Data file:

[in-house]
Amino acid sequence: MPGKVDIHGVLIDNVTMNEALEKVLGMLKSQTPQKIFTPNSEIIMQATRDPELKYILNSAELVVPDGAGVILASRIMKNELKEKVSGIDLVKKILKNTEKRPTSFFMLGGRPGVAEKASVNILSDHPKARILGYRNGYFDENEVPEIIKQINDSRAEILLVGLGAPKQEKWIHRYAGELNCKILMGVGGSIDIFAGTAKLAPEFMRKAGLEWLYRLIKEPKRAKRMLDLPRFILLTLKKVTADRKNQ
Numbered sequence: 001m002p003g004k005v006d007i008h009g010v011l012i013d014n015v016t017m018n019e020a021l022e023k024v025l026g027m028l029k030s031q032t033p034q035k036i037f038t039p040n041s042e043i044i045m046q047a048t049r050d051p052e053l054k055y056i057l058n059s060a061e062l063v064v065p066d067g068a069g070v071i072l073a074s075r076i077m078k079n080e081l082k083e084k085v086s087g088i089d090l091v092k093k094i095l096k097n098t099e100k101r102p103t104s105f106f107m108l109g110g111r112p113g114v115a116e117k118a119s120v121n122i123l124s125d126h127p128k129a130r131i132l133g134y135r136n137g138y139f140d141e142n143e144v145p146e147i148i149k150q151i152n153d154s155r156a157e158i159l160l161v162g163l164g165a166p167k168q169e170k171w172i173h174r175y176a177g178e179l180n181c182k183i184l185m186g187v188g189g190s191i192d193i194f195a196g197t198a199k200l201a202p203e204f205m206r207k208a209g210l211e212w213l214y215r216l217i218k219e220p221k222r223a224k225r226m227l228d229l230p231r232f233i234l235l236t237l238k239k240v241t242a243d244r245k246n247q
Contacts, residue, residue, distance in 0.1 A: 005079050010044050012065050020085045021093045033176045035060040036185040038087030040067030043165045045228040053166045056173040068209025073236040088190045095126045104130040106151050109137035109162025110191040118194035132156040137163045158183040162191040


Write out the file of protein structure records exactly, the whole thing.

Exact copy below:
[in-house]
Amino acid sequence: MPGKVDIHGVLIDNVTMNEALEKVLGMLKSQTPQKIFTPNSEIIMQATRDPELKYILNSAELVVPDGAGVILASRIMKNELKEKVSGIDLVKKILKNTEKRPTSFFMLGGRPGVAEKASVNILSDHPKARILGYRNGYFDENEVPEIIKQINDSRAEILLVGLGAPKQEKWIHRYAGELNCKILMGVGGSIDIFAGTAKLAPEFMRKAGLEWLYRLIKEPKRAKRMLDLPRFILLTLKKVTADRKNQ
Numbered sequence: 001m002p003g004k005v006d007i008h009g010v011l012i013d014n015v016t017m018n019e020a021l022e023k024v025l026g027m028l029k030s031q032t033p034q035k036i037f038t039p040n041s042e043i044i045m046q047a048t049r050d051p052e053l054k055y056i057l058n059s060a061e062l063v064v065p066d067g068a069g070v071i072l073a074s075r076i077m078k079n080e081l082k083e084k085v086s087g088i089d090l091v092k093k094i095l096k097n098t099e100k101r102p103t104s105f106f107m108l109g110g111r112p113g114v115a116e117k118a119s120v121n122i123l124s125d126h127p128k129a130r131i132l133g134y135r136n137g138y139f140d141e142n143e144v145p146e147i148i149k150q151i152n153d154s155r156a157e158i159l160l161v162g163l164g165a166p167k168q169e170k171w172i173h174r175y176a177g178e179l180n181c182k183i184l185m186g187v188g189g190s191i192d193i194f195a196g197t198a199k200l201a202p203e204f205m206r207k208a209g210l211e212w213l214y215r216l217i218k219e220p221k222r223a224k225r226m227l228d229l230p231r232f233i234l235l236t237l238k239k240v241t242a243d244r245k246n247q
Contacts, residue, residue, distance in 0.1 A: 005079050010044050012065050020085045021093045033176045035060040036185040038087030040067030043165045045228040053166045056173040068209025073236040088190045095126045104130040106151050109137035109162025110191040118194035132156040137163045158183040162191040